top of page
  • My Primary Tutor

Anti Bullying Week 2020

This week is National Anti-Bullying Week, and we've been taking part by raising awareness via social media.

At My Primary Tutor, a child's right to live their life in the way that they choose is something that is key to our philosophy, and we feel very passionately that educators have a big part to play in teaching children tolerance and compassion.

For parents of a child who is being bullied, the feeling of powerlessness that comes with it can be awful, and we want to use our blog space this week to give some advice - and to let you know that if your child is suffering from bullying in any part of their life, you are not alone - we are always here and can lend a sympathetic ear, or help in any way that you need.

The Anti-Bullying Alliance has a fantastic website with lots of great advice. This is what they say about parenting a child who is being bullied:

  • Listen and reassure them that coming to you was the right thing to do. Try and establish the facts. It can be helpful to keep a diary of events to share with the school or college.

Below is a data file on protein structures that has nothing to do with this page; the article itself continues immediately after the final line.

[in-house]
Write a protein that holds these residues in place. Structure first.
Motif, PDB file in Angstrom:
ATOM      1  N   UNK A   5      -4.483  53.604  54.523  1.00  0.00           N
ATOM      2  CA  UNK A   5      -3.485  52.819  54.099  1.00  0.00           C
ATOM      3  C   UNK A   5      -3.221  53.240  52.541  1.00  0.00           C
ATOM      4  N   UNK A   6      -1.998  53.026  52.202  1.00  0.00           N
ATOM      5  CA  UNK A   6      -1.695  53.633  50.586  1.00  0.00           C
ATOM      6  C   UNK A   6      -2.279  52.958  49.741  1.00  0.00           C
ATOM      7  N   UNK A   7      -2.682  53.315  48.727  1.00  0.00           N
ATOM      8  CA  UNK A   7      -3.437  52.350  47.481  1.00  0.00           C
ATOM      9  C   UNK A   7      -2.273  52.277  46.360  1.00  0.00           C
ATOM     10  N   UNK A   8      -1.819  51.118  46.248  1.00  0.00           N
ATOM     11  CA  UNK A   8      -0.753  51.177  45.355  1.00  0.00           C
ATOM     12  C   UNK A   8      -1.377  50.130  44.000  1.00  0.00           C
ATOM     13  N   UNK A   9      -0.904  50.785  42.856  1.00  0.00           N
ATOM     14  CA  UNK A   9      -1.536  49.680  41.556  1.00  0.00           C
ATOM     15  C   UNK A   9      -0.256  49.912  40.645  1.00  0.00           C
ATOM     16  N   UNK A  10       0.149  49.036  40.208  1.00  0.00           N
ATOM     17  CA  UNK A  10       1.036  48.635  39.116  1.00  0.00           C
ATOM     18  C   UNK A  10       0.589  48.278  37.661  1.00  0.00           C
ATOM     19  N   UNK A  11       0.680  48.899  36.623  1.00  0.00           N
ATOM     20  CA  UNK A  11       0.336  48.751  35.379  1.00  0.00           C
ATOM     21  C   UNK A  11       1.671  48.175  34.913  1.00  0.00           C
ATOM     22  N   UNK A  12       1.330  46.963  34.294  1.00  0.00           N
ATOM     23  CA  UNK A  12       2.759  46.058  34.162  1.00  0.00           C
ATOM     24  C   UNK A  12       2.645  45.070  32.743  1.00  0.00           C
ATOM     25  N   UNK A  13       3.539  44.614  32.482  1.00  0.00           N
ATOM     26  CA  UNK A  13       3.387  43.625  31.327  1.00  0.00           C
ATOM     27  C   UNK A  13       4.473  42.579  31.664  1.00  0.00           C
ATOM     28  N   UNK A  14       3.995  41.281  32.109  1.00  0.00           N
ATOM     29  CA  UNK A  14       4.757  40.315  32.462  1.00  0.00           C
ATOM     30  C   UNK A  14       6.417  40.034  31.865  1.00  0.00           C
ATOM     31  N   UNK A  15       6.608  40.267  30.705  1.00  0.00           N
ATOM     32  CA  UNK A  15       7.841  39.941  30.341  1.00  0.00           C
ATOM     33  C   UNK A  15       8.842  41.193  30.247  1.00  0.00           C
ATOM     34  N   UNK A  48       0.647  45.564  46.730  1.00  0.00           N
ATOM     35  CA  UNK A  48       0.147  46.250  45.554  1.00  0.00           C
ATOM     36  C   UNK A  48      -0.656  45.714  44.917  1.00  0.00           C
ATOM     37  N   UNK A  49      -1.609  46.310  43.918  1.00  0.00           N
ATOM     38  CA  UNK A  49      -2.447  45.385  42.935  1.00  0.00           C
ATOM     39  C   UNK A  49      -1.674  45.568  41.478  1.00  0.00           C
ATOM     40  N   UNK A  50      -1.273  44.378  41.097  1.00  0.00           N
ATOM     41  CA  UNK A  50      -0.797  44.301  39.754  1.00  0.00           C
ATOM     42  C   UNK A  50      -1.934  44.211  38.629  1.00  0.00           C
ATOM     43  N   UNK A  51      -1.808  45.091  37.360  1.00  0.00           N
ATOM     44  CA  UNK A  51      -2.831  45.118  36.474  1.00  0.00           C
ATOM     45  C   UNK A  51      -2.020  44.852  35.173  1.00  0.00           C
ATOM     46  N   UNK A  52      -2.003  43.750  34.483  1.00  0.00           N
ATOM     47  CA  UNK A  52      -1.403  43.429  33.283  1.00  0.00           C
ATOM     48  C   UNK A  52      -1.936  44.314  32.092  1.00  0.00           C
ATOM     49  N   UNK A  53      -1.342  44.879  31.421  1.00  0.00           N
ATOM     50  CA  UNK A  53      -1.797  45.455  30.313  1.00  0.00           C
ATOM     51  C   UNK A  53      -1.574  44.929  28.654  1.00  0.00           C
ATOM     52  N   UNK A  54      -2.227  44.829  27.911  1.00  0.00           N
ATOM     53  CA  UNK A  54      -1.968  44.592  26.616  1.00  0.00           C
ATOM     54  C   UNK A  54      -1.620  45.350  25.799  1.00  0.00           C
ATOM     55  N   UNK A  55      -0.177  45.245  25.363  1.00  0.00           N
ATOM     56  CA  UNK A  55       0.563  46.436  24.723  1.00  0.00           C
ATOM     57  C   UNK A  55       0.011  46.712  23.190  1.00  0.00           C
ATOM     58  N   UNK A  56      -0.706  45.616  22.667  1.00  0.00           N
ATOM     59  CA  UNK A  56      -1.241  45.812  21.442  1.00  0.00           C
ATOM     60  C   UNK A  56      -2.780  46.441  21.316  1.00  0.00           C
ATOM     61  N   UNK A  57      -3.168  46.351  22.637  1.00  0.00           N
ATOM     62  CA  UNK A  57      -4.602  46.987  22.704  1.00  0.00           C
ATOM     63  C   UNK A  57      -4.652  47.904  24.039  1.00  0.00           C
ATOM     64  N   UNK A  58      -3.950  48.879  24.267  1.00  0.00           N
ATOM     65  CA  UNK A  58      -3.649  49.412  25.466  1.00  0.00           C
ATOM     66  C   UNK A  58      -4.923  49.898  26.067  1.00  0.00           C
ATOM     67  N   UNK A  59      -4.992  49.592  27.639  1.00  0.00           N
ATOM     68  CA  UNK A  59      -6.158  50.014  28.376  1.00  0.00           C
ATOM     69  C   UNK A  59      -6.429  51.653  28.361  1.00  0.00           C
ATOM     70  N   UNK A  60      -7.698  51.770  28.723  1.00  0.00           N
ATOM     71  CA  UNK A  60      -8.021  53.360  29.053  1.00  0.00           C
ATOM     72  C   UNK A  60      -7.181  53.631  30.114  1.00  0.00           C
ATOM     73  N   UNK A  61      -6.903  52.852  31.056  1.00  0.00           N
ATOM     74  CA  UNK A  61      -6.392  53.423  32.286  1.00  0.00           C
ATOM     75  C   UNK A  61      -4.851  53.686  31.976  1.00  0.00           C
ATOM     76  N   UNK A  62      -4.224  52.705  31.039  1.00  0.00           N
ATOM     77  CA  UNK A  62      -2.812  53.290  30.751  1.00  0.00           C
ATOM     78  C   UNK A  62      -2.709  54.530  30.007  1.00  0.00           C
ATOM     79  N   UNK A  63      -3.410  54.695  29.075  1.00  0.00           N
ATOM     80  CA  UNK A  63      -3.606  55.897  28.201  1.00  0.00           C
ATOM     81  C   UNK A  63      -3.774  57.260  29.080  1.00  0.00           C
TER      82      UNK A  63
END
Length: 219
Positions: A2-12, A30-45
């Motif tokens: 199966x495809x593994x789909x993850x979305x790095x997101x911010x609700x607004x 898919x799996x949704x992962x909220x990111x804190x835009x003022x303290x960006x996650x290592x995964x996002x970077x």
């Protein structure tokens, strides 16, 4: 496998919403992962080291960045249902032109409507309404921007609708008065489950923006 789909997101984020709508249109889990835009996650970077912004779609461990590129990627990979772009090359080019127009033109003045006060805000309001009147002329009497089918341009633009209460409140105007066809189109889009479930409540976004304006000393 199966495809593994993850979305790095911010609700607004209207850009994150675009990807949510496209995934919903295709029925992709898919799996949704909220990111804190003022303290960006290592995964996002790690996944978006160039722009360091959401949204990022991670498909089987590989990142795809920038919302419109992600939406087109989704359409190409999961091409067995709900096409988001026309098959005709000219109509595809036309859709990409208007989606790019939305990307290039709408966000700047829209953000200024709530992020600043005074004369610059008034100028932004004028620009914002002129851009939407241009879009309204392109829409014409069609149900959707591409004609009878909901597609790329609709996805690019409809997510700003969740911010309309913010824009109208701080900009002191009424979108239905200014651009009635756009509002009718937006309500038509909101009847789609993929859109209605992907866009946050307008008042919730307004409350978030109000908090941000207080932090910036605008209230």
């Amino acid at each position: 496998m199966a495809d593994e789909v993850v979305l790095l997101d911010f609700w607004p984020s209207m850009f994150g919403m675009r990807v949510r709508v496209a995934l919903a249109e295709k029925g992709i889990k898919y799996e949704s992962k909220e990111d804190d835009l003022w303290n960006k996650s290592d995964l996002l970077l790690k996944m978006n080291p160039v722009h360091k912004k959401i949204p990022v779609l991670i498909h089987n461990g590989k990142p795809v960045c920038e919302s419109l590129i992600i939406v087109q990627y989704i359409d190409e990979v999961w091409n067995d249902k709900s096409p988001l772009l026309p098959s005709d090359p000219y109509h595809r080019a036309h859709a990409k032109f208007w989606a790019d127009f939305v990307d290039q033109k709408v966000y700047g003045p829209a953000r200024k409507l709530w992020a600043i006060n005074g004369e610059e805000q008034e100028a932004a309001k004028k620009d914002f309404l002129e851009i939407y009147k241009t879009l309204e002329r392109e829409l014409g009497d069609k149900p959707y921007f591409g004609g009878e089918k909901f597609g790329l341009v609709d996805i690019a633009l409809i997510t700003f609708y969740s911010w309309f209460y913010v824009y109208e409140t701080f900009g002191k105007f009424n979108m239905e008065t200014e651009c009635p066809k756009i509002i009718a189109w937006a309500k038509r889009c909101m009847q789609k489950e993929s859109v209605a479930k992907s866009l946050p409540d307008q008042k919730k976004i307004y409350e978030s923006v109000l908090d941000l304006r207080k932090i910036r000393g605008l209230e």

• Assure them that the bullying is not their fault and that they have family that will support them. Reassure them that you will not take any action without discussing it with them first.

  • Don't encourage retaliation to bullying. It's important for children to avoid hitting or punching an abusive peer. Reacting that way has negative and unpredictable results- they may be hurt even further, and find that they are labelled as the problem. Rather suggest that they walk away and seek help.

  • Find out what your child wants to happen next. Help to identify the choices open to them; the potential next steps to take; and the skills they may have to help solve the problems.

  • Encourage your child to get involved in activities that build their confidence and esteem, and help them to form friendships outside of school (or wherever the bullying is taking place).

  • Discuss the situation with your child's teacher or Headteacher - or the lead adult wherever the bullying is taking place. Every child has a right to a safe environment in which to learn and play. Schools must have a behaviour policy which sets out the measures that will be taken to prevent all forms of bullying between pupils.

Remember - we are here to help you. If you need advice or just someone to talk to, do get in touch and we will do all we can to help you to resolve the situation.

30 views0 comments
bottom of page